Lower-income countries can harness this new wave of plastic taxes to their own advantage. Plastic taxes are excise duties, and hence are familiar revenue raisers even to weaker tax administrations. But the design matters. For example, Ghana has levied comprehensive plastic excise duty since 2014, covering all products listed under the Harmonised System (HS) codes for chapters 39 (‘plastics and articles thereof’) and under the HS chapter 63 (textiles). This is a much wider tax base than in the UK, Spain or Italy. However, according to the preliminary assessment conducted by the World Bank with support of the Problue and Global Program on Sustainability schemes, only a fraction of revenues due are collected even though the Ghanian tax is levied ad valorem, which in principle should make tax collection easier. An ad valorem tax base also weakens the environmental effect of a tax, because the social harm done by plastic is related to the weight and physical characteristics, not to the market value of plastic products. Another major compromise with environmental effectiveness is that unlike European plastic taxes, the rate of the Ghanian tax is not reduced for reusable plastic goods or for recycled content. Because of the absence of such eco-modulation, the Ghanian plastic tax does not help create a domestic market for recycling and product innovation. Neither does it help Ghanian exporters to prepare for reducing plastic packaging tax liabilities levied in Europe.
The World Bank recently conducted an impact assessment of alternative plastic policy scenarios considered in Indonesia, using its Plastic Policy Simulator model. Simulations showed that upstream plastic tax, extended producers’ responsibility systems, mandatory recycled content requirements and behavioural nudges are needed to change product design and consumer behaviour and reduce plastic waste at the source. Without upstream policies, just maintaining the same waste collection rate with rapidly increasing waste volumes would lead to an accumulation of unsustainable fiscal liabilities, especially at a sub-national level, and a massive increase in plastic pollution. A plastic tax of $280 per ton applied to the 20 most common plastic consumer products and packages with less than 30% recycled content could reduce plastic waste generation by one third below baseline and raise up to $1.3 billion annually, the World Bank has found. The integrated upstream and downstream policy reforms could achieve government targets at an affordable net fiscal cost.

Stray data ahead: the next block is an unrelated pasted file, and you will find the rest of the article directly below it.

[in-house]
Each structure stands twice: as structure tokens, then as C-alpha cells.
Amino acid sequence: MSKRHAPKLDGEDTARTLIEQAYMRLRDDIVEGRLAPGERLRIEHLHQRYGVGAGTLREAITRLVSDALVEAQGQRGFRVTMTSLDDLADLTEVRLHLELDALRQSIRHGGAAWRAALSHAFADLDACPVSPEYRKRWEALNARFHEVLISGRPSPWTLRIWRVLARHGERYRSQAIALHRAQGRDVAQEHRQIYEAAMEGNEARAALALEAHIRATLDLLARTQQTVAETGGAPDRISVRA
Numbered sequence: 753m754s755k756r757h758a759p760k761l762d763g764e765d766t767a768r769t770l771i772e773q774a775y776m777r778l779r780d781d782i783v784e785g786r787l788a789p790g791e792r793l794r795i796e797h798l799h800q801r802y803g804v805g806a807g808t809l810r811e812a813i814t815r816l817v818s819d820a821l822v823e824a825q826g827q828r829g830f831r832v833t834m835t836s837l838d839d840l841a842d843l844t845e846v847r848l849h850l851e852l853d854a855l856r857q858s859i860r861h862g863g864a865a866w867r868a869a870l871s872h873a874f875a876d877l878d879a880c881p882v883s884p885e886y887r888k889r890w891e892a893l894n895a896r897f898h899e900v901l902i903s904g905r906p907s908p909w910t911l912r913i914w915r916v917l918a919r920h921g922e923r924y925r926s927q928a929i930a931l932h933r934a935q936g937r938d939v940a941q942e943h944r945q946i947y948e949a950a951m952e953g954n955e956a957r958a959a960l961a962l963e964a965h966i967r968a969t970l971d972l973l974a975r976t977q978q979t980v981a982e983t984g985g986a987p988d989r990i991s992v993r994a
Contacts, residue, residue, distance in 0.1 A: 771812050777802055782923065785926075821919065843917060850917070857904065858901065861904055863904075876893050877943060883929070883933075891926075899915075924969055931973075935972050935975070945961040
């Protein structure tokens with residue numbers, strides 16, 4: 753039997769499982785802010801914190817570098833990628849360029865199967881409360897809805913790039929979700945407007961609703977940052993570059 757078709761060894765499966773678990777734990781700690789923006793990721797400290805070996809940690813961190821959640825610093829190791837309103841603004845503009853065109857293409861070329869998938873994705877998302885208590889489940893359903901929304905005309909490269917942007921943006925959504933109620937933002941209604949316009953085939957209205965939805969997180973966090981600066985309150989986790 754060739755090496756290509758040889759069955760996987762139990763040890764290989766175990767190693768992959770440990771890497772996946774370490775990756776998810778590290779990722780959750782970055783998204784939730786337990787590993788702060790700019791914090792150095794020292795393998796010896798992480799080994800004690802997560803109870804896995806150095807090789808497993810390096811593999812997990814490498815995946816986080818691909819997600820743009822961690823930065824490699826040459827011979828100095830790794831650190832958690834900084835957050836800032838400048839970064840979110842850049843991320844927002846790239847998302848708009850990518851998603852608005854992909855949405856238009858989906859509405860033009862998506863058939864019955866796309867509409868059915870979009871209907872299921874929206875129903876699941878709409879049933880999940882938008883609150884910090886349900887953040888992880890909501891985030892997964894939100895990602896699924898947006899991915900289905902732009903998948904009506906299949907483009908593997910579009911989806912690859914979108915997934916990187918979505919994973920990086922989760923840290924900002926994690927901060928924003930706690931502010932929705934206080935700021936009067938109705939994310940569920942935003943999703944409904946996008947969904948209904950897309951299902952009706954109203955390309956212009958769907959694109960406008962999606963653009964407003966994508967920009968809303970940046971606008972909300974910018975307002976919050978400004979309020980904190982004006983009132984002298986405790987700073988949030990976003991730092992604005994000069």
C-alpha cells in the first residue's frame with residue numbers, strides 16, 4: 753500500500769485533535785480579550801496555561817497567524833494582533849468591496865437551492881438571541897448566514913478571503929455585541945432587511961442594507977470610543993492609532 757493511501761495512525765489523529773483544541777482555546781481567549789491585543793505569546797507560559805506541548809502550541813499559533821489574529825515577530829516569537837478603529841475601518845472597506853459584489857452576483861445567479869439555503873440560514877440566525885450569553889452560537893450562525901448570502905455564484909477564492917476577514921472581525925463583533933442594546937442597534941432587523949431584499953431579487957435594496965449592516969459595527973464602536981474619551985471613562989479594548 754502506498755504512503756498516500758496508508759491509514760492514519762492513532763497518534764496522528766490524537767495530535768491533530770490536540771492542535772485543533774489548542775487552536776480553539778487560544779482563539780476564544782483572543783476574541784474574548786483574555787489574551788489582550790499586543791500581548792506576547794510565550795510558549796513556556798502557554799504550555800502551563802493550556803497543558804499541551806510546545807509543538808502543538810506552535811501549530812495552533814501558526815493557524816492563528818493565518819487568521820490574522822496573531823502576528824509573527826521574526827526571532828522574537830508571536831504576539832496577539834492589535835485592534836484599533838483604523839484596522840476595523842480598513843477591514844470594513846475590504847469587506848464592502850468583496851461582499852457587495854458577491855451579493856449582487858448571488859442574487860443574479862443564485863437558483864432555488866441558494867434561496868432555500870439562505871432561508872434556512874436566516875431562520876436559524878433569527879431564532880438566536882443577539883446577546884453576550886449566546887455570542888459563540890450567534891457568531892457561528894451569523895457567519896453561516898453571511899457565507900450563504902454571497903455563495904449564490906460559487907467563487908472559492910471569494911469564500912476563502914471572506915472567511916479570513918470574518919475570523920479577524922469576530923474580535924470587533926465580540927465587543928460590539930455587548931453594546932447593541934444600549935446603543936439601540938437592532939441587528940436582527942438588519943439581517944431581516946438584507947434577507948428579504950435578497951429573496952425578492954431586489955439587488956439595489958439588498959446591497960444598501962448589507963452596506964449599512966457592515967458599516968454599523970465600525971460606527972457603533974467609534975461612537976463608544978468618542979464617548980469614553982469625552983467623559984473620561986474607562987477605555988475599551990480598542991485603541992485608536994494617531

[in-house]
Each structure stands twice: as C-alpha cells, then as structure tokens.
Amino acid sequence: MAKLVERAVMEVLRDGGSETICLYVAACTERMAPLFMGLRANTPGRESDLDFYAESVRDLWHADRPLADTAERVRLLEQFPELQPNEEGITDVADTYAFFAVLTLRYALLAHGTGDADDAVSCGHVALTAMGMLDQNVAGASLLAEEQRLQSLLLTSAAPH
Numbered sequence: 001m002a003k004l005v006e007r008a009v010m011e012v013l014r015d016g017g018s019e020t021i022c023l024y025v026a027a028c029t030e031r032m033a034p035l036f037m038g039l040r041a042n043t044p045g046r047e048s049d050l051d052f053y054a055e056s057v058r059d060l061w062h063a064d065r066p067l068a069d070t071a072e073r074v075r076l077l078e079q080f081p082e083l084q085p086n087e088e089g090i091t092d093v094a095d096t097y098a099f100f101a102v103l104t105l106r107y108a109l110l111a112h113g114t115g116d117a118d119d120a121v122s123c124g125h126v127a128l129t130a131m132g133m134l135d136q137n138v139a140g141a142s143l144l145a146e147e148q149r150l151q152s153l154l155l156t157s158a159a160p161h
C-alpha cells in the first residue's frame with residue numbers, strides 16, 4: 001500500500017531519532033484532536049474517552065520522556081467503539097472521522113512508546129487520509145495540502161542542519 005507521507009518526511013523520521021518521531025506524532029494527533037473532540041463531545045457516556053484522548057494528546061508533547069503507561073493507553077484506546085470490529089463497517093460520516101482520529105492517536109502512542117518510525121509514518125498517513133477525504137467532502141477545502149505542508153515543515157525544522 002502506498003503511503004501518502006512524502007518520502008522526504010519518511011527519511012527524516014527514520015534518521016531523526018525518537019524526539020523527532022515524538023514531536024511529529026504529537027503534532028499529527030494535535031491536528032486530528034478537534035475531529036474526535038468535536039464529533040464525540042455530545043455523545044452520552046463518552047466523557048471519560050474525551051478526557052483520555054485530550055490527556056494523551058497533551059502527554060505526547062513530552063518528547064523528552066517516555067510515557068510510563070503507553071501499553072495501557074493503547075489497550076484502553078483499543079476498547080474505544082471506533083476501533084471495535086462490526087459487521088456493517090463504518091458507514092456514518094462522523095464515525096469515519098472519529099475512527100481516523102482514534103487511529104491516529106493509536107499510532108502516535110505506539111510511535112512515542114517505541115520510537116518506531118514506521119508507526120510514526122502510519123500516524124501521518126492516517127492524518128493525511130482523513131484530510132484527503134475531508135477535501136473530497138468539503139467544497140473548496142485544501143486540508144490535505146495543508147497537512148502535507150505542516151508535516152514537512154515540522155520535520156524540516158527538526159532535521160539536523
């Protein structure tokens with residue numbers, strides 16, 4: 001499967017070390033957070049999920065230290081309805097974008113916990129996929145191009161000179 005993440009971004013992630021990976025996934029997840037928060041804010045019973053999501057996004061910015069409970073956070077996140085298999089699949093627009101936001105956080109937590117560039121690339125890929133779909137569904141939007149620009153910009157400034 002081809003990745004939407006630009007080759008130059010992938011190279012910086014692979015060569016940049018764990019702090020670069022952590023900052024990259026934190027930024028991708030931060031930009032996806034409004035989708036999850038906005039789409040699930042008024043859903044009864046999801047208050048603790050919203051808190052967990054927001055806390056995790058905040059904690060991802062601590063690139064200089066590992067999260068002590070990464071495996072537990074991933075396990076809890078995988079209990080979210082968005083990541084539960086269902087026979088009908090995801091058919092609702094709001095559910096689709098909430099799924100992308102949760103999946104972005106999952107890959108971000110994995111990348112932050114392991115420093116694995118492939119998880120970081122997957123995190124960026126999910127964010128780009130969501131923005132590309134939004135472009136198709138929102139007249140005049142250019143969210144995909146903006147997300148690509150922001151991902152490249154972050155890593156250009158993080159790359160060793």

Policy debates in Indonesia, Ghana and also recently Nigeria indicate growing interest by ministries of finance in developing countries in the green plastic excises which can deliver fiscal and environmental dividends, while at the same time helping domestic manufacturers stay internationally competitive and incubating new productive jobs in sustainable product innovation and circular business models.
Grzegorz Peszko is lead economist at the environment, natural resources and blue economy global practice of the World Bank.